Fall weather causes many changes in the weather and environment around you. In addition to changes in nature, autumn also impacts many aspects of your physical health, including your skin, mentality, and bones. If you want to learn more about how fall weather impacts your bone health and how to stay safe as the weather changes, you’ve come to the right place.
How Does Fall Weather Negatively Impact Bone Health?
In most cases, even though many people love autumnal weather, it has a negative impact on their bone and joint health, and here’s why.
Fall Weather is a Fall Risk!
The most obvious risk associated with the fall season is that it raises the chances of falling and hurting yourself. As the temperatures drop in October, November, and early December, the ground will start freezing and becoming slick. When this happens, there’s a greater chance that you’ll slip and fall, which is one of the biggest risks for people with low bone density.
On top of slipping, falls are more likely to happen in autumn due to the thick foliage on the ground. This makes it harder to see tripping hazards, increasing your fall risk.
Increased Aches and Pains
Another negative impact on your bone health has to do with a drop in barometric pressures. Barometric pressure, also known as air pressure, refers to how dense or thick the air is. In fall, when it’s cold outside, the air tends to drop and get thicker, which can stress your bones and joints more. This leads to an increase in discomfort and makes it harder for you to stay active and healthy.
More Oxidative Stress and Inflammation
In addition to denser air pressure, cold weather has also been shown to increase oxidative stress and inflammation in the human body. When this happens, it impacts your bone health by increasing bone loss, reducing bone density, and causing cellular breakdown. Therefore, increased oxidative stress and inflammation are terrible for your bone health.
Decrease in Activity
Finally, fall also has a negative impact on bone health for psychological reasons. People are naturally more tired and cooped up when it gets cold and dreary outside, leading to decreased activity. This, in turn, puts you at higher risk for bone loss, falls, and other problems related to bone health.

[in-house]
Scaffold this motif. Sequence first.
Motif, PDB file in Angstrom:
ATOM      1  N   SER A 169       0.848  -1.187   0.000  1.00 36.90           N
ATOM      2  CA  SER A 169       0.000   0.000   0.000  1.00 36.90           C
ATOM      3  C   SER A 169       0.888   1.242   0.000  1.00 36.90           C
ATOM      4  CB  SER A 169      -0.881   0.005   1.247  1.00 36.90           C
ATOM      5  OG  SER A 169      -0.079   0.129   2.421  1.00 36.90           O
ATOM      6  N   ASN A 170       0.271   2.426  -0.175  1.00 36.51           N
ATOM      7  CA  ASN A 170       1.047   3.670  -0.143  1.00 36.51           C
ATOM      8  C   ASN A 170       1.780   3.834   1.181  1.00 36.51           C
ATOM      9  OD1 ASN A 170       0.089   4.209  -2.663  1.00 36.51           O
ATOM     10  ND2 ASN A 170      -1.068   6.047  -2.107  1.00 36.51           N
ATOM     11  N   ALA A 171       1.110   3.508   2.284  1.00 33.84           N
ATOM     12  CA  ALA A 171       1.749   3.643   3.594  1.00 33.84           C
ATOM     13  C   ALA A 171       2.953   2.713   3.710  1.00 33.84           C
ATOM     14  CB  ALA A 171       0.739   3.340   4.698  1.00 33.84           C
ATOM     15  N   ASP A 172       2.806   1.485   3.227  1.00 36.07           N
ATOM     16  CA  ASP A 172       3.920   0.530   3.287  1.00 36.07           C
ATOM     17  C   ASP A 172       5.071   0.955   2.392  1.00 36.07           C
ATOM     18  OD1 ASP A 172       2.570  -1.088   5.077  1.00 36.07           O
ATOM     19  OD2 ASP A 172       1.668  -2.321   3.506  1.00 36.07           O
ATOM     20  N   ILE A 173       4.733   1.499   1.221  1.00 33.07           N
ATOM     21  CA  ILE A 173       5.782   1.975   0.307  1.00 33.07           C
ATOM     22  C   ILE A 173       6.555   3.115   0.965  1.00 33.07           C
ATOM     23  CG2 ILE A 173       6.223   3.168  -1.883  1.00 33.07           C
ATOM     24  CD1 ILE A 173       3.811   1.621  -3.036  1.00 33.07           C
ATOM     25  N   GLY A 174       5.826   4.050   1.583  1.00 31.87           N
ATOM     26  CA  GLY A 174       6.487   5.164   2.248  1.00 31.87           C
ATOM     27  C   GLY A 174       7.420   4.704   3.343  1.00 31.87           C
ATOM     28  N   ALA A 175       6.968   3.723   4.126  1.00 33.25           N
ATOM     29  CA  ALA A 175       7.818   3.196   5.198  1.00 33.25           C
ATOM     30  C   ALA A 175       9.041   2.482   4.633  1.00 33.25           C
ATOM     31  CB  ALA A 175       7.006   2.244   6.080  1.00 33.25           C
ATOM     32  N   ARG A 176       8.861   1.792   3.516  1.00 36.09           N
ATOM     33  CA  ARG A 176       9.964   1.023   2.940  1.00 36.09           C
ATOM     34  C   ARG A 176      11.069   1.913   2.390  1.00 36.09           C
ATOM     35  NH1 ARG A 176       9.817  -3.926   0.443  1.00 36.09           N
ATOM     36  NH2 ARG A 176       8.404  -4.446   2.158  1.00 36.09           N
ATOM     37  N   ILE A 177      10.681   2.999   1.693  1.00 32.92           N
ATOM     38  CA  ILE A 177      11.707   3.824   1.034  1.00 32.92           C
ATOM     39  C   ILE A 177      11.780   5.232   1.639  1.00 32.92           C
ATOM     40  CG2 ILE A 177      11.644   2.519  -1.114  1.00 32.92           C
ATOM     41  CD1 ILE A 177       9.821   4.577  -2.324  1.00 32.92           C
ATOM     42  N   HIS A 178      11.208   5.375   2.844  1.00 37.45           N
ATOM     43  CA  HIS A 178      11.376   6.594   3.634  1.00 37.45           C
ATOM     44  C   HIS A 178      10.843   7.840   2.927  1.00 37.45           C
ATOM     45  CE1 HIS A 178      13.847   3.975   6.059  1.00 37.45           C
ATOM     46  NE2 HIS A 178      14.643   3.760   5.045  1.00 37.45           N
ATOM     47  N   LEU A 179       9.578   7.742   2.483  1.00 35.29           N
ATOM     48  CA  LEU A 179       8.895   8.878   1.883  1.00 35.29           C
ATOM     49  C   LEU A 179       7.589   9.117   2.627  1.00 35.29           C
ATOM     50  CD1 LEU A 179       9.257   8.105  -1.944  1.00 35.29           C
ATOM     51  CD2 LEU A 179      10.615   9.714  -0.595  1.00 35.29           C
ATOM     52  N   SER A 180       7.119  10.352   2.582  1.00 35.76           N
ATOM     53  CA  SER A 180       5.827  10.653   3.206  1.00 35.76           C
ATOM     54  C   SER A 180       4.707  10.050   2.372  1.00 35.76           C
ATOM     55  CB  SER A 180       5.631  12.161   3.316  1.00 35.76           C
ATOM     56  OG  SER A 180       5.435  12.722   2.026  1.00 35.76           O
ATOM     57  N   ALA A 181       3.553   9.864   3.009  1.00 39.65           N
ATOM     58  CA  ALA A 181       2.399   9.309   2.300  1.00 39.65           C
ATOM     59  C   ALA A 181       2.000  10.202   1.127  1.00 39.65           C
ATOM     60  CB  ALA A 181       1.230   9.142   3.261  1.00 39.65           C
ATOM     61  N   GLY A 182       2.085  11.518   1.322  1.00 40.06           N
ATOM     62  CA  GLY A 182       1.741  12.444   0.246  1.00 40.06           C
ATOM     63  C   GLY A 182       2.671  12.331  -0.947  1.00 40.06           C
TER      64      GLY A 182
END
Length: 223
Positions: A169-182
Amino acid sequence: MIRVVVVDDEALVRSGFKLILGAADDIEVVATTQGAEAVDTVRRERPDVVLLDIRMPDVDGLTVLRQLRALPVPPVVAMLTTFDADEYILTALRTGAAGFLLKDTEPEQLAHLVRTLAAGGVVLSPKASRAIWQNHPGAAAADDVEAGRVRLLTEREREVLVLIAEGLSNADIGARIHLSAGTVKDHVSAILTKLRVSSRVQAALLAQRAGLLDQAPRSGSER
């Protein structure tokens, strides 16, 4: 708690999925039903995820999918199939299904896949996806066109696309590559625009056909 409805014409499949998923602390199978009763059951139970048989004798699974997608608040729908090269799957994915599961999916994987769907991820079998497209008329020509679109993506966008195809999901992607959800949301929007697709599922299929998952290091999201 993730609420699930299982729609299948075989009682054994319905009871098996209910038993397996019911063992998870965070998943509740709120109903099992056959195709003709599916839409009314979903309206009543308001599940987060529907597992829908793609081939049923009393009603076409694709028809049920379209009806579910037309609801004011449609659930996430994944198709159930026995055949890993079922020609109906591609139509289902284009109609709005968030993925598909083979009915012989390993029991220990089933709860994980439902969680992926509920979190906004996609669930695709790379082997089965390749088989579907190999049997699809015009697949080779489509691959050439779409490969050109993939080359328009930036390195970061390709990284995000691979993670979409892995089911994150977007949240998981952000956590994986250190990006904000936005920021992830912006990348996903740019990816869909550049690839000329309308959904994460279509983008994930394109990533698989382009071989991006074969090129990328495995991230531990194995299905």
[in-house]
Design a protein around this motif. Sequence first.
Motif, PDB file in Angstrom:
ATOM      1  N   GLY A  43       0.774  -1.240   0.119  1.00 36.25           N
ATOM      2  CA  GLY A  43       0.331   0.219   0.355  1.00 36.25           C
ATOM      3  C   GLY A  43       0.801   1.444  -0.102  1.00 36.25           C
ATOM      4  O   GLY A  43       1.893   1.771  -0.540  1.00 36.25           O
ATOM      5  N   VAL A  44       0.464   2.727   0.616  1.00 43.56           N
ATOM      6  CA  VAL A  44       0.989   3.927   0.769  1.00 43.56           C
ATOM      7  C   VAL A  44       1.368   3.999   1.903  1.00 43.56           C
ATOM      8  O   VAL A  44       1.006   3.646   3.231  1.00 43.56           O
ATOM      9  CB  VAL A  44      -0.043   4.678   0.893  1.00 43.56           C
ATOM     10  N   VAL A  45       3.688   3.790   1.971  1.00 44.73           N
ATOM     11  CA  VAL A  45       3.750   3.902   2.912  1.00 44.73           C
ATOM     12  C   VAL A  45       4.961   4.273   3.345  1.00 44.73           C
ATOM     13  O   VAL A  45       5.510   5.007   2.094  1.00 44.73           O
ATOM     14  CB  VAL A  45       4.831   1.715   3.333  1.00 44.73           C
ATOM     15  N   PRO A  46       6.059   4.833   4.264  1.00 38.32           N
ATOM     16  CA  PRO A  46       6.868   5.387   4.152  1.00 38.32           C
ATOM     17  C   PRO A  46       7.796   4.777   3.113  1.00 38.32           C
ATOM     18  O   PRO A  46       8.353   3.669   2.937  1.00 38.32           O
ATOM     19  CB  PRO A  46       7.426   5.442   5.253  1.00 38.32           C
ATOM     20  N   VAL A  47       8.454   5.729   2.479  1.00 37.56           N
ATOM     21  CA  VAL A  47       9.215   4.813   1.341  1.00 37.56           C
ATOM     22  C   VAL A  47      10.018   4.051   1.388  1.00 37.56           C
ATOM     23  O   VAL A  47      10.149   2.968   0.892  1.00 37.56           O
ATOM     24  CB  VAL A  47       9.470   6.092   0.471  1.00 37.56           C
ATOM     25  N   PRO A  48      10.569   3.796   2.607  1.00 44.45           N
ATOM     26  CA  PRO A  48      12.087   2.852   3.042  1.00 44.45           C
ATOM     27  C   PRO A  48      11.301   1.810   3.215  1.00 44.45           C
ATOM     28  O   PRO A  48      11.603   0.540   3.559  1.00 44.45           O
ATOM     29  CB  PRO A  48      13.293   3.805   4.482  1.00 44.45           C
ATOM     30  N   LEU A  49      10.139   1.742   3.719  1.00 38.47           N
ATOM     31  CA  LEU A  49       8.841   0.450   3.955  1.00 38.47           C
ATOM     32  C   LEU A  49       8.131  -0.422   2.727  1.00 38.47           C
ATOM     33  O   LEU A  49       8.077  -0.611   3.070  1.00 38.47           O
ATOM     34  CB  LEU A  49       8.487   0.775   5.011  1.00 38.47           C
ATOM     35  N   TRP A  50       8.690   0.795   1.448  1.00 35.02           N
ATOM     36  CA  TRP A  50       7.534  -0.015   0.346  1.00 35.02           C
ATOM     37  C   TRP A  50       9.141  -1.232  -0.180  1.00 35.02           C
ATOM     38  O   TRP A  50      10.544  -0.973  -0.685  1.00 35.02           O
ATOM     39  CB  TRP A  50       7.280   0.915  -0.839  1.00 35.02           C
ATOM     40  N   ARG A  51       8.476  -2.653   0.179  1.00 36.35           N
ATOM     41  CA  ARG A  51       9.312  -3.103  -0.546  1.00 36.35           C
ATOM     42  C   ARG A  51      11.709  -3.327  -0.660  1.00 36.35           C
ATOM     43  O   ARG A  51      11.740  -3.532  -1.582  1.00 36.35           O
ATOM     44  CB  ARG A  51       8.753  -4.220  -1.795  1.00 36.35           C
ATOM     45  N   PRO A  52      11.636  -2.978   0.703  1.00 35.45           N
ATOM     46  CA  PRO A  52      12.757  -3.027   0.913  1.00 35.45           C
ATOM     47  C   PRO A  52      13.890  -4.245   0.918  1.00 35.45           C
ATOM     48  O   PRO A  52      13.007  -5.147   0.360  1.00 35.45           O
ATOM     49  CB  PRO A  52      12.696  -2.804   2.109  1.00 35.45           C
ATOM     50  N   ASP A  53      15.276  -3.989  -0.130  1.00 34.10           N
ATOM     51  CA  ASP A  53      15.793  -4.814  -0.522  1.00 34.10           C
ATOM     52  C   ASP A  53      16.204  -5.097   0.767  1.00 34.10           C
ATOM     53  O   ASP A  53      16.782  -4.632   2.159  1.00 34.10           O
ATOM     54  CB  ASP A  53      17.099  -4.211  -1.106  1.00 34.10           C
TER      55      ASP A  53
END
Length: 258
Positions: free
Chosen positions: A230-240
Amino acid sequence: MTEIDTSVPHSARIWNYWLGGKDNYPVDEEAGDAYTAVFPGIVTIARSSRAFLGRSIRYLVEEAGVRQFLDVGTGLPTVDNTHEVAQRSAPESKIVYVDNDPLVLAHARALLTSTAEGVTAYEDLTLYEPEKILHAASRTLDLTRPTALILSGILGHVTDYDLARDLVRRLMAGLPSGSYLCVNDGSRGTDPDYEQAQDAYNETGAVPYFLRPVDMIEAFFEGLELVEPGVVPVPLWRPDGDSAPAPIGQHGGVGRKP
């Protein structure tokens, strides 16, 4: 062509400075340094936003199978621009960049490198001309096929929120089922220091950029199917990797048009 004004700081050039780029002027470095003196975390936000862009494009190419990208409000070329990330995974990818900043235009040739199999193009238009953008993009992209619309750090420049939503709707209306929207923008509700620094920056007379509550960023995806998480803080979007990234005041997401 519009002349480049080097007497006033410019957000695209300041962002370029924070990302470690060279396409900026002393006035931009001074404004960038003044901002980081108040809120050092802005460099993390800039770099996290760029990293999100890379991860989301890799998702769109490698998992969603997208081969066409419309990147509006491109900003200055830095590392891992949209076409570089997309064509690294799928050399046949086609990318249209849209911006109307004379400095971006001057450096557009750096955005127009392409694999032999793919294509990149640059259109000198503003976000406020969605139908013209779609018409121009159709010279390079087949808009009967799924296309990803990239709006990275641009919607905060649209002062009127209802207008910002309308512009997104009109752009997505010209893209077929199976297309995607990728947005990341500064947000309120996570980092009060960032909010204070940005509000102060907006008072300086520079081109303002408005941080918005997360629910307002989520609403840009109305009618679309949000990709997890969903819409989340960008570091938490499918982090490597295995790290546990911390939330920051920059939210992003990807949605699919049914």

How to Maintain Your Bone Health This Autumn
Because fall poses an increased risk to your bone health, it’s important to do everything you can to protect yourself and your bone density this autumn.
Have a Healthy Lifestyle
Even though you might feel less motivated to live and eat healthy, maintaining a healthy lifestyle is essential for year-round bone health. This includes the following:
- Eating plenty of fruits, vegetables, and complex carbohydrates.
- Avoiding fried foods, sugary foods, and simple carbs.
- Increasing your Vitamin D and calcium intake.
- Maintain a healthy weight to put less stress and pressure on your bones.
Dress Extra Warm
If you don’t want cold weather and heavy barometric pressure to get the better of your bones, it’s essential to dress warmly and comfortably. This will help keep the achy and painful sensation out of your bones that typically accompanies cold weather. Body warmth also increases elasticity, which is good for keeping your joints and muscles loose and your bones happy.
Sleep and Exercise
In addition to eating right and maintaining a healthy weight, getting plenty of sleep and exercising regularly during autumn is essential. Your body undergoes bone remodeling and formation during sleep, but only during certain stages, so getting plenty of it is essential. Additionally, getting plenty of exercise will make for stronger bones and joints, resulting in decreased bone loss and increased density.
Consider a Bone and Joint Supplement
Finally, if you’re serious about protecting your bones this autumn and winter, consider taking a bone supplement, such as AdvaCal from Lane Innovative. AdvaCal contains all the calcium and Vitamin D you need to support healthy bones throughout the year.*
This will make for stronger, denser bones, which will correlate to an increase in energy. As a result, you’ll be able to exercise more, eat healthier, and sleep better, in addition to increasing your calcium and Vitamin D.*